At 8:30 a.m., the attack was launched. From the German perspective, they were preparing for this attack and they would suddenly see the Black Watch in their sights. Peter Prein, who was with the Second Panzer SS, would say later.

“In four years in Russia, we never saw anything like it. The soldiers were marching upright, holding their rifles across their breasts in readiness, as if on parade drill.”

Over the next hour, the Canadians advanced up the ridge and were easy targets for the Germans. Within minutes of the advance, the Black Watch lost its communications, which made things even more complicated.

In one retelling of the battle by the Second Canadian Armoured Brigade Signals in its history, it is said of that day.

“We were under heavy air attacks with bombs dropping all around the area. This day was very noisy, hard fighting on the entire front.”

For Major Philip Griffin, a 26-year-old officer, he would see the two officers in front of him killed, putting him squarely in command. Promised tanks in the assault up the ridge in his communications with command, he does not receive them and he doesn’t receive the promised artillery cover either. Griffin gave his word that the attack would launch and he sends himself and 300 men up the ridge, leading from the front.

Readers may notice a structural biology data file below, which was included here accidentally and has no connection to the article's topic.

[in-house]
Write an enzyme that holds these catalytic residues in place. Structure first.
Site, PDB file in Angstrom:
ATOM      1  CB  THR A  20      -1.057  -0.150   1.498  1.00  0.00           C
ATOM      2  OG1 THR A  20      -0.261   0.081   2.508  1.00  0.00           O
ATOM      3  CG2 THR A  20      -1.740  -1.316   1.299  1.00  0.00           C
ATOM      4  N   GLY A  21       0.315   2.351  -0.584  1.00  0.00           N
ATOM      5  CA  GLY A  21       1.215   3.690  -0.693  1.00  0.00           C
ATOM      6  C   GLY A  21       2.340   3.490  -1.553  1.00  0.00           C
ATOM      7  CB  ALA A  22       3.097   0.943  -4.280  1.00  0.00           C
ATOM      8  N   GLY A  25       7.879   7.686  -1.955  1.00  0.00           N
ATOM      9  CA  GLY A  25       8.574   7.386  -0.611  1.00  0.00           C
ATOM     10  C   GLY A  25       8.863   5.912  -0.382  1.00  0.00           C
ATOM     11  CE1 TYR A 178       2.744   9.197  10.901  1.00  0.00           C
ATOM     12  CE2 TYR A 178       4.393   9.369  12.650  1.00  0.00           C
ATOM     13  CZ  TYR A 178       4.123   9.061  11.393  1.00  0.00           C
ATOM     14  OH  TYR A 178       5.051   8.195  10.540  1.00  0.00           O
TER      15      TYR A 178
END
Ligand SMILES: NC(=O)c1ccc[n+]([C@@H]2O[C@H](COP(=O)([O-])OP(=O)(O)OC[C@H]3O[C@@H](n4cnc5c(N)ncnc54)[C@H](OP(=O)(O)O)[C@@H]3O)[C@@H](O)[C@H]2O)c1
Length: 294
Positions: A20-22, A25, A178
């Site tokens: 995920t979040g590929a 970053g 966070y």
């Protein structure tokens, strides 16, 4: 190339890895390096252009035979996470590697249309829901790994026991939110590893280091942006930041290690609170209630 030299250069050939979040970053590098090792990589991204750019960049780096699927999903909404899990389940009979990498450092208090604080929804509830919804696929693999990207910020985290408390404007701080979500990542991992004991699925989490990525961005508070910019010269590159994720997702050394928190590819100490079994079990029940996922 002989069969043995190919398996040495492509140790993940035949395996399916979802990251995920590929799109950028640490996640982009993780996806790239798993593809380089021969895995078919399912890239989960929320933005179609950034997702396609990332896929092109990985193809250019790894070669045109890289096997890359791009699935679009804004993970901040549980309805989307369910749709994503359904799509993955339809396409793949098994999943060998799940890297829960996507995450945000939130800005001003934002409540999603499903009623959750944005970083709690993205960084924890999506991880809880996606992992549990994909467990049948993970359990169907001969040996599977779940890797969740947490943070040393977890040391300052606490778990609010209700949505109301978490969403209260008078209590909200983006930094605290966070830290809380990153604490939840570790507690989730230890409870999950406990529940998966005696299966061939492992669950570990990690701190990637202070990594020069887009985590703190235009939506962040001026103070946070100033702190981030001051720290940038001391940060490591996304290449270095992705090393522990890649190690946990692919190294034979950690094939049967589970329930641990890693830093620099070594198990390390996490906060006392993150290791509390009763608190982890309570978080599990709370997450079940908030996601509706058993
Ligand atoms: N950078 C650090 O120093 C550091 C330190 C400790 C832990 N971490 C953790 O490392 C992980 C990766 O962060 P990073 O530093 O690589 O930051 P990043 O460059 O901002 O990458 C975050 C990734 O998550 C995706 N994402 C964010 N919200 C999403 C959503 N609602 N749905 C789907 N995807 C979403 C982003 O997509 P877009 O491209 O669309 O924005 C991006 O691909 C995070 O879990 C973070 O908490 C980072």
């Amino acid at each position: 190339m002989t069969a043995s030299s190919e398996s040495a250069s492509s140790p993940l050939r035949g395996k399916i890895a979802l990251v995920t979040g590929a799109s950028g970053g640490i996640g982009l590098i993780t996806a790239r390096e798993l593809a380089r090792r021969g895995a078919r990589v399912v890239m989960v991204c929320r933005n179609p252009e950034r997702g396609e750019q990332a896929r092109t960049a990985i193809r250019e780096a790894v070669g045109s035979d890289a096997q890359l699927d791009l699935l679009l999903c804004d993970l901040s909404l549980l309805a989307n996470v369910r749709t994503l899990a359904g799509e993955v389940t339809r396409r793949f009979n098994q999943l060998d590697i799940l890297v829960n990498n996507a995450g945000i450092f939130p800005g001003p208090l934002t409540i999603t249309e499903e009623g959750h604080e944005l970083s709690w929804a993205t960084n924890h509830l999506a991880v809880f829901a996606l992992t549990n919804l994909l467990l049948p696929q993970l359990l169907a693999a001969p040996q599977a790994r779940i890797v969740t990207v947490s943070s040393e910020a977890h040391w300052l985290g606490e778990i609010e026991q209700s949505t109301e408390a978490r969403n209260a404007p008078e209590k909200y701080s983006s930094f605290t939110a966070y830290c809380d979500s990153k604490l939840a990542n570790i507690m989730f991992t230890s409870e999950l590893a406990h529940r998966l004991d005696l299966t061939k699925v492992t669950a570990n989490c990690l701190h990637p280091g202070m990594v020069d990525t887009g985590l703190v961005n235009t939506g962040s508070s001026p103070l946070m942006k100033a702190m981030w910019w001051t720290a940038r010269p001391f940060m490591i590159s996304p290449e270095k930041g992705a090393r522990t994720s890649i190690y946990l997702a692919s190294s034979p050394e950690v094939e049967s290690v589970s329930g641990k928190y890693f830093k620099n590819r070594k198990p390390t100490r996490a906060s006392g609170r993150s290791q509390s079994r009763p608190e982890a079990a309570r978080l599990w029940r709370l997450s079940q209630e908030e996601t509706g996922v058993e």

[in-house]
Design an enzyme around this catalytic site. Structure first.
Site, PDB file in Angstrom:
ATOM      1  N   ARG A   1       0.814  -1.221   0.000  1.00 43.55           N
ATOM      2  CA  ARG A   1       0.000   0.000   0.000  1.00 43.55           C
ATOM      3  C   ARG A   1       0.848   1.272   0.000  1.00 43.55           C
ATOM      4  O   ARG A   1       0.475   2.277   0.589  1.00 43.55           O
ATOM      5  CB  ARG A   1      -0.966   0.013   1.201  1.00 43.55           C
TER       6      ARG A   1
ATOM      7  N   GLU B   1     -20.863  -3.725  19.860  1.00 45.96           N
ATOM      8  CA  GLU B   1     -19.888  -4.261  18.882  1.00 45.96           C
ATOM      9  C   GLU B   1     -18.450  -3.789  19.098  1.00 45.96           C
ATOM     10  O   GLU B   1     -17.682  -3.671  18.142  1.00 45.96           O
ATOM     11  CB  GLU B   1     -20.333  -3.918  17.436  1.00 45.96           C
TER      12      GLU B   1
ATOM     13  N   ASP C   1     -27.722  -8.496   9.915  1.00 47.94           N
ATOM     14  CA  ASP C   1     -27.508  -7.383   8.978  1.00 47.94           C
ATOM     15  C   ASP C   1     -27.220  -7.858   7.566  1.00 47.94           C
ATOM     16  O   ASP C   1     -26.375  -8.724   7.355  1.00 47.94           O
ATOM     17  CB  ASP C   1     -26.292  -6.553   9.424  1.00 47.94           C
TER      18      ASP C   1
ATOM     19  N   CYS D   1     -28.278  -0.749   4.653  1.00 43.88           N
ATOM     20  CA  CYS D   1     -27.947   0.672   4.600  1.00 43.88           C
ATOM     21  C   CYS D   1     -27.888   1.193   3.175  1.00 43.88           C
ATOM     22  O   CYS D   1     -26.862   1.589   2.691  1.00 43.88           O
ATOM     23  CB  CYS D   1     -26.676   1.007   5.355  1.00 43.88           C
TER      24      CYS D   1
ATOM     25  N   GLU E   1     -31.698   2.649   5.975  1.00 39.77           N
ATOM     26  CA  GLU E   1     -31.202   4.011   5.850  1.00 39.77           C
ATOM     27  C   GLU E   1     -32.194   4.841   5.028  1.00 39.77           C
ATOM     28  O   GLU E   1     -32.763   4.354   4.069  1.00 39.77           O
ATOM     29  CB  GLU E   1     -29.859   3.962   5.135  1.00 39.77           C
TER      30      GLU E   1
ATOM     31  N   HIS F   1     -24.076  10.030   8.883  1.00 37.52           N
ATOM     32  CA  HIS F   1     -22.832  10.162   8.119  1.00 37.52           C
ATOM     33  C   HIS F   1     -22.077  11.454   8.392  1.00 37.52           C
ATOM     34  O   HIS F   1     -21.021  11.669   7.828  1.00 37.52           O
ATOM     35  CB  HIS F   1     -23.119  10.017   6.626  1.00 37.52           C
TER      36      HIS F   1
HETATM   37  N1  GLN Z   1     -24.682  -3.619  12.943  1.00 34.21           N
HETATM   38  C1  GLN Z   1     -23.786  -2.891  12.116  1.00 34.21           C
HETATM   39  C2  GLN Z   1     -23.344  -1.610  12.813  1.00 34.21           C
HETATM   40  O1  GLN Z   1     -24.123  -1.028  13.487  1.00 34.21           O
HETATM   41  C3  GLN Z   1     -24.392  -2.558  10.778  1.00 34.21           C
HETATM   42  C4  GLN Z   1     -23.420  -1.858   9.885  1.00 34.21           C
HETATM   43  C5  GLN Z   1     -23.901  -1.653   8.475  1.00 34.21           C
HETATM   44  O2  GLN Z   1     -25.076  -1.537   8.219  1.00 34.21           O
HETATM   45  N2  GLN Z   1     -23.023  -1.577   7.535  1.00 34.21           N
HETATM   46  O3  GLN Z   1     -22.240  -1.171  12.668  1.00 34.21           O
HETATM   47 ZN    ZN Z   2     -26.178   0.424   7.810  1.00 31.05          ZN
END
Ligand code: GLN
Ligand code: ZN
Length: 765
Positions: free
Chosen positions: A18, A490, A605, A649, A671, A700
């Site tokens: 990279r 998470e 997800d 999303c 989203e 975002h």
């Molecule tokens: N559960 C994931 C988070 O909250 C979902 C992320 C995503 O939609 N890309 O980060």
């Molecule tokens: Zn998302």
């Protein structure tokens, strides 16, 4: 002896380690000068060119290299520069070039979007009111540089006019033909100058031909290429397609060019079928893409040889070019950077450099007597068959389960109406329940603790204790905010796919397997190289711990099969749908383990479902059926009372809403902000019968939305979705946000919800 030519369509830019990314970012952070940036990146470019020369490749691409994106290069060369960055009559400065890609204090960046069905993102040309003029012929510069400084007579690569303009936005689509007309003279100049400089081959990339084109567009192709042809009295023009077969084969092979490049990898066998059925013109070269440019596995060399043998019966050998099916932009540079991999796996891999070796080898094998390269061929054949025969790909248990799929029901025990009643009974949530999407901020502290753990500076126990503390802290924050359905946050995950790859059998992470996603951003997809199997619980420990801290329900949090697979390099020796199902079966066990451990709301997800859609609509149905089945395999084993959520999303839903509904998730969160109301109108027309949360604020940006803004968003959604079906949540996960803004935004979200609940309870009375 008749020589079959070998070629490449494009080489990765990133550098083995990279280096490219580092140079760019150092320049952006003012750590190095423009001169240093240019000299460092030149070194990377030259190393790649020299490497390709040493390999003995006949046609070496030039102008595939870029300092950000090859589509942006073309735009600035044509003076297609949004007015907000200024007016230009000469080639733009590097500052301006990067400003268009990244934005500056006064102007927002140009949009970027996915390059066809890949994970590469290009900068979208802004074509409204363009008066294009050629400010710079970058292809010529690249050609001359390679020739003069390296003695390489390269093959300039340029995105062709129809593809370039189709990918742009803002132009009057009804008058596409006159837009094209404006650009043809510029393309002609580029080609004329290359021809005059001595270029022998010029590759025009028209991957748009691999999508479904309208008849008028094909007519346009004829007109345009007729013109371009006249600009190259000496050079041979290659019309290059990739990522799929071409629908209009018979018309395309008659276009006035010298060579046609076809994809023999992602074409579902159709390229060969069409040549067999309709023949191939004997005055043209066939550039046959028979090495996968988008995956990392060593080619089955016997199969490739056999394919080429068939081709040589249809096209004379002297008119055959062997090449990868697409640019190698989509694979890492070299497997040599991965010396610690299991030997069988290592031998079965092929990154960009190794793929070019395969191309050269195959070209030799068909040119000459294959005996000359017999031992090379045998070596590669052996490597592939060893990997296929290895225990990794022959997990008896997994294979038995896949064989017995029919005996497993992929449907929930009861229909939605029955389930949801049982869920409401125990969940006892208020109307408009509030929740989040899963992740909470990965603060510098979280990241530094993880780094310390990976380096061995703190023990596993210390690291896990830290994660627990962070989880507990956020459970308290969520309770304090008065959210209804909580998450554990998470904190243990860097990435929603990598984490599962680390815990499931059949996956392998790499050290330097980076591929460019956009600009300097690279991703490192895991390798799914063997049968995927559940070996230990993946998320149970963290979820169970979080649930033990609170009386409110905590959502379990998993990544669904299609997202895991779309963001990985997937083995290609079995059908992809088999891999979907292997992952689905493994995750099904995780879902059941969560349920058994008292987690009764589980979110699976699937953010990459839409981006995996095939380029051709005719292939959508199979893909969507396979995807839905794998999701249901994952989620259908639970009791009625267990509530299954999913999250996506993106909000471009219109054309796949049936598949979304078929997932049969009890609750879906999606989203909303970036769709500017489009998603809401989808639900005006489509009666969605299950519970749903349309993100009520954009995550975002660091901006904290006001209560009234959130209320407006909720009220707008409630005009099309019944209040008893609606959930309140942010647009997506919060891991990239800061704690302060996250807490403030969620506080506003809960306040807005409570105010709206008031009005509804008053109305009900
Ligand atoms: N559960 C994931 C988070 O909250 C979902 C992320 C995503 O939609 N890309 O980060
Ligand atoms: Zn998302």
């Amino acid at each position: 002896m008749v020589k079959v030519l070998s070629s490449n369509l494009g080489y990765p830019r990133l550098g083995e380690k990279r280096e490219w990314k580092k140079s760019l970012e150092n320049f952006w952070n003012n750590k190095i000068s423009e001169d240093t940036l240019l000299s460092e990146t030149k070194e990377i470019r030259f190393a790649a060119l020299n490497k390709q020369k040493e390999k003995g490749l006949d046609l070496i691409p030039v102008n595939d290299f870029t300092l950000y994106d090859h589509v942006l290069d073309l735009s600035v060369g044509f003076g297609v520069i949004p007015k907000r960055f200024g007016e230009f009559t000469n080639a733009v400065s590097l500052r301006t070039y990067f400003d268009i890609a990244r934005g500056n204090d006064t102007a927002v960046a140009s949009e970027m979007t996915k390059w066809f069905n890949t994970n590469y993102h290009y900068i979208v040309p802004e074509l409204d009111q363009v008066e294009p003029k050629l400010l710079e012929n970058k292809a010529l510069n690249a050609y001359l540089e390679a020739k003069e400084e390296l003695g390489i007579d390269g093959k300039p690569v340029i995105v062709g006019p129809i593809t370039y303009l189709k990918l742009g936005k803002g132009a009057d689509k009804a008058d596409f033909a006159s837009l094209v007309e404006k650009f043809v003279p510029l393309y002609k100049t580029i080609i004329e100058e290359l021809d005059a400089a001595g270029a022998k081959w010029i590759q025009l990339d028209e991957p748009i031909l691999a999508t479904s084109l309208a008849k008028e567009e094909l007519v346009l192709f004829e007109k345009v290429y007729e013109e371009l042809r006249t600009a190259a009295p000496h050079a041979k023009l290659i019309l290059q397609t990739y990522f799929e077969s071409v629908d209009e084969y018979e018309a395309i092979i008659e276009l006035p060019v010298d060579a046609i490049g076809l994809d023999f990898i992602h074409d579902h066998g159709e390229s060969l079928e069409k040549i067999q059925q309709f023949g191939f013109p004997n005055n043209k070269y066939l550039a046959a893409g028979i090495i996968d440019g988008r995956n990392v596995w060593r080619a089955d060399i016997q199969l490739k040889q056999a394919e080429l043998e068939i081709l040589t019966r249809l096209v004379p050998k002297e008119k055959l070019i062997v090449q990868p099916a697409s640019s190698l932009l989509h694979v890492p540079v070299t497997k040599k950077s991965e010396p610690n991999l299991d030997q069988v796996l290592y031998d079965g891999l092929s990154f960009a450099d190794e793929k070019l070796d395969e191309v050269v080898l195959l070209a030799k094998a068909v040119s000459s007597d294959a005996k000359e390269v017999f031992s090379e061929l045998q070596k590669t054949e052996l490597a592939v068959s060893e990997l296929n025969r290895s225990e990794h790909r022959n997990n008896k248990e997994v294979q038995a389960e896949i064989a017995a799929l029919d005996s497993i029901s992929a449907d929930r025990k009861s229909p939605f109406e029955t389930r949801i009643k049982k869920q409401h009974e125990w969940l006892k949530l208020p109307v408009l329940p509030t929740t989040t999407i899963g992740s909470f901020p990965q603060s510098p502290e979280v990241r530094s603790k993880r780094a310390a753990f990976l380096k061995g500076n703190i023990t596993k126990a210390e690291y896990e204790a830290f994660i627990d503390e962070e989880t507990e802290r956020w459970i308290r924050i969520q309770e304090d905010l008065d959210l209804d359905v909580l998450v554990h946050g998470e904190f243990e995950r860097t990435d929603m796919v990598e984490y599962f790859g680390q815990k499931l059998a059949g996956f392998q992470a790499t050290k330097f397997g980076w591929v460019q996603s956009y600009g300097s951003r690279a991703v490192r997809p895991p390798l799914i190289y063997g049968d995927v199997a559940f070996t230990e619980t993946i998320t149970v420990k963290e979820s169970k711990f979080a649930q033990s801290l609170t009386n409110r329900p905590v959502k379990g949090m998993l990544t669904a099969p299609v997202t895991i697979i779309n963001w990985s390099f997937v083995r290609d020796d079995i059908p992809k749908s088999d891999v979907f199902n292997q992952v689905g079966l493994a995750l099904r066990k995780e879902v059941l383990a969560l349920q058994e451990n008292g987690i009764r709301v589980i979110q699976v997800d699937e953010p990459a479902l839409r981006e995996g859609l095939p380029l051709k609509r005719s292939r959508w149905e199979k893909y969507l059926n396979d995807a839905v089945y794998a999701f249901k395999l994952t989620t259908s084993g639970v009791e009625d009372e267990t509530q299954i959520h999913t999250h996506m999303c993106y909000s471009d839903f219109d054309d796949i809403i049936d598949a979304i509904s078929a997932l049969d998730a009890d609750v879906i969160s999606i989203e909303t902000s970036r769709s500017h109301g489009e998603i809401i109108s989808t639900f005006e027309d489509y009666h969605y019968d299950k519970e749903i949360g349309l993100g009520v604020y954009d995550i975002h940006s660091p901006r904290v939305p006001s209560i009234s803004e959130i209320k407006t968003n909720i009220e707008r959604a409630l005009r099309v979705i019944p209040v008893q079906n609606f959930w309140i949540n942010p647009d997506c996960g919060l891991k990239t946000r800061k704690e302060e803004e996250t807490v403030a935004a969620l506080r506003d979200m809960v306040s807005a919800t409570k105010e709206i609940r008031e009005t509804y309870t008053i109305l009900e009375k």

Only a few members of The Black Watch made it to the crest of the ridge and those who did were hit by heavy bombardments. By this point, of the 325 men who were at the assembly point only an hour or so earlier, 315 were killed, wounded or captured, and all the senior commanders were dead.

A total of 16 soldiers would make their way back to their line after they were forced to retreat under the bombardment. Impressed by their bravery, the Germans did not shoot a single fleeing man. Prien would say later.

“You should know that we did not fire on these retreating men. We were too deeply impressed, and embarrassed, by this sacrifice and gallantry of men who had no chance. It had been sheer butchery.”

By the end of this battle, all the advance in ground made by the Black Watch and Calgary Highlanders were lost to the Germans in their counter attacks.

One writer after the war described the failure of the attack as, ‘the story of the most glorious failure of the war, the failure to capture May-sur-Orne. But whether it was really a failure, I leave you to judge. I will simply call it the Battalion of Heroes.”

The failure to capture and hold the ridge had little impact on the Allied position but because of the weakening of the defences, future attacks by the Commonwealth forces were more successful and on Aug. 8, Operation Totalize would capture the position from the Germans for good. When the Allied soldiers take the ridge, they will find the body of Phillip Griffin in a glade of poplars, with the last seven of his men who followed him to the end.